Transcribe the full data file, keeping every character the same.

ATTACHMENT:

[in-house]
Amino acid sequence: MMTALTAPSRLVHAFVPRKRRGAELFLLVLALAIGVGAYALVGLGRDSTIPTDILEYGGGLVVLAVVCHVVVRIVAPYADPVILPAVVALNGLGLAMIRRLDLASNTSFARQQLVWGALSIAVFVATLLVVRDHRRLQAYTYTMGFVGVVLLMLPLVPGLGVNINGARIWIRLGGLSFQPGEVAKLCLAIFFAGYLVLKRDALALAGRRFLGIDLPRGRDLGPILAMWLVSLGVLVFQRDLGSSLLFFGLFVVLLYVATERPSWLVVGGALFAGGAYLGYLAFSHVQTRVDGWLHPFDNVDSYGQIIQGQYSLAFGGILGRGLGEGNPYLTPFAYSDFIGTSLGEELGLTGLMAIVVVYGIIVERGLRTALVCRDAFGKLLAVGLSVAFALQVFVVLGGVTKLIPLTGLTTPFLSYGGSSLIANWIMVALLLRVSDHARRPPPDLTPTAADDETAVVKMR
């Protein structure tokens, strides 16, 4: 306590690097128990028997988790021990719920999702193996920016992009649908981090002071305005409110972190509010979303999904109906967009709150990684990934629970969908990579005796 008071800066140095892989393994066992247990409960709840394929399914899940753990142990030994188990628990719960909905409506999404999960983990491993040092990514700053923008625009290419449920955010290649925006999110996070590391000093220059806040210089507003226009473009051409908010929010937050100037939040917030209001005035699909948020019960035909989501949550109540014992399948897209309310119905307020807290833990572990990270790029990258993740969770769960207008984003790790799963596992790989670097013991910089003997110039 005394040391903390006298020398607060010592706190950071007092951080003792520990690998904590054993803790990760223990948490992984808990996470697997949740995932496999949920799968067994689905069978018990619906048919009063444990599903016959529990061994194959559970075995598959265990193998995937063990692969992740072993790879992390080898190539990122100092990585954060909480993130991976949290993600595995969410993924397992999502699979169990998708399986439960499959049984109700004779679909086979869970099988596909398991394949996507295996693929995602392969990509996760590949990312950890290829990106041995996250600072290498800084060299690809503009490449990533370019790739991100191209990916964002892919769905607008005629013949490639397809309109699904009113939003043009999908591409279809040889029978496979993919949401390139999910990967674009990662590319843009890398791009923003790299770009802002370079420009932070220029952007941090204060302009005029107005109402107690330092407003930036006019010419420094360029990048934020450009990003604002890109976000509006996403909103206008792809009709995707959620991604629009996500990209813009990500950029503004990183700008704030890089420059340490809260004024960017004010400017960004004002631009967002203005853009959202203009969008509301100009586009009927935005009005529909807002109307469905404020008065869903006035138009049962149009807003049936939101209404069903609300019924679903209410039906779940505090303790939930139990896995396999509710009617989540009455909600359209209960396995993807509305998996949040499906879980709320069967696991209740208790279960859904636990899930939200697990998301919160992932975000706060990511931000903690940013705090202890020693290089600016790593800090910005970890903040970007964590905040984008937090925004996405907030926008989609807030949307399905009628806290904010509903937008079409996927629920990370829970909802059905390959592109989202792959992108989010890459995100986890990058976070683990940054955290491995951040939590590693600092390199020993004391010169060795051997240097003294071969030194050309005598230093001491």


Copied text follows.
[in-house]
Amino acid sequence: MMTALTAPSRLVHAFVPRKRRGAELFLLVLALAIGVGAYALVGLGRDSTIPTDILEYGGGLVVLAVVCHVVVRIVAPYADPVILPAVVALNGLGLAMIRRLDLASNTSFARQQLVWGALSIAVFVATLLVVRDHRRLQAYTYTMGFVGVVLLMLPLVPGLGVNINGARIWIRLGGLSFQPGEVAKLCLAIFFAGYLVLKRDALALAGRRFLGIDLPRGRDLGPILAMWLVSLGVLVFQRDLGSSLLFFGLFVVLLYVATERPSWLVVGGALFAGGAYLGYLAFSHVQTRVDGWLHPFDNVDSYGQIIQGQYSLAFGGILGRGLGEGNPYLTPFAYSDFIGTSLGEELGLTGLMAIVVVYGIIVERGLRTALVCRDAFGKLLAVGLSVAFALQVFVVLGGVTKLIPLTGLTTPFLSYGGSSLIANWIMVALLLRVSDHARRPPPDLTPTAADDETAVVKMR
């Protein structure tokens, strides 16, 4: 306590690097128990028997988790021990719920999702193996920016992009649908981090002071305005409110972190509010979303999904109906967009709150990684990934629970969908990579005796 008071800066140095892989393994066992247990409960709840394929399914899940753990142990030994188990628990719960909905409506999404999960983990491993040092990514700053923008625009290419449920955010290649925006999110996070590391000093220059806040210089507003226009473009051409908010929010937050100037939040917030209001005035699909948020019960035909989501949550109540014992399948897209309310119905307020807290833990572990990270790029990258993740969770769960207008984003790790799963596992790989670097013991910089003997110039 005394040391903390006298020398607060010592706190950071007092951080003792520990690998904590054993803790990760223990948490992984808990996470697997949740995932496999949920799968067994689905069978018990619906048919009063444990599903016959529990061994194959559970075995598959265990193998995937063990692969992740072993790879992390080898190539990122100092990585954060909480993130991976949290993600595995969410993924397992999502699979169990998708399986439960499959049984109700004779679909086979869970099988596909398991394949996507295996693929995602392969990509996760590949990312950890290829990106041995996250600072290498800084060299690809503009490449990533370019790739991100191209990916964002892919769905607008005629013949490639397809309109699904009113939003043009999908591409279809040889029978496979993919949401390139999910990967674009990662590319843009890398791009923003790299770009802002370079420009932070220029952007941090204060302009005029107005109402107690330092407003930036006019010419420094360029990048934020450009990003604002890109976000509006996403909103206008792809009709995707959620991604629009996500990209813009990500950029503004990183700008704030890089420059340490809260004024960017004010400017960004004002631009967002203005853009959202203009969008509301100009586009009927935005009005529909807002109307469905404020008065869903006035138009049962149009807003049936939101209404069903609300019924679903209410039906779940505090303790939930139990896995396999509710009617989540009455909600359209209960396995993807509305998996949040499906879980709320069967696991209740208790279960859904636990899930939200697990998301919160992932975000706060990511931000903690940013705090202890020693290089600016790593800090910005970890903040970007964590905040984008937090925004996405907030926008989609807030949307399905009628806290904010509903937008079409996927629920990370829970909802059905390959592109989202792959992108989010890459995100986890990058976070683990940054955290491995951040939590590693600092390199020993004391010169060795051997240097003294071969030194050309005598230093001491």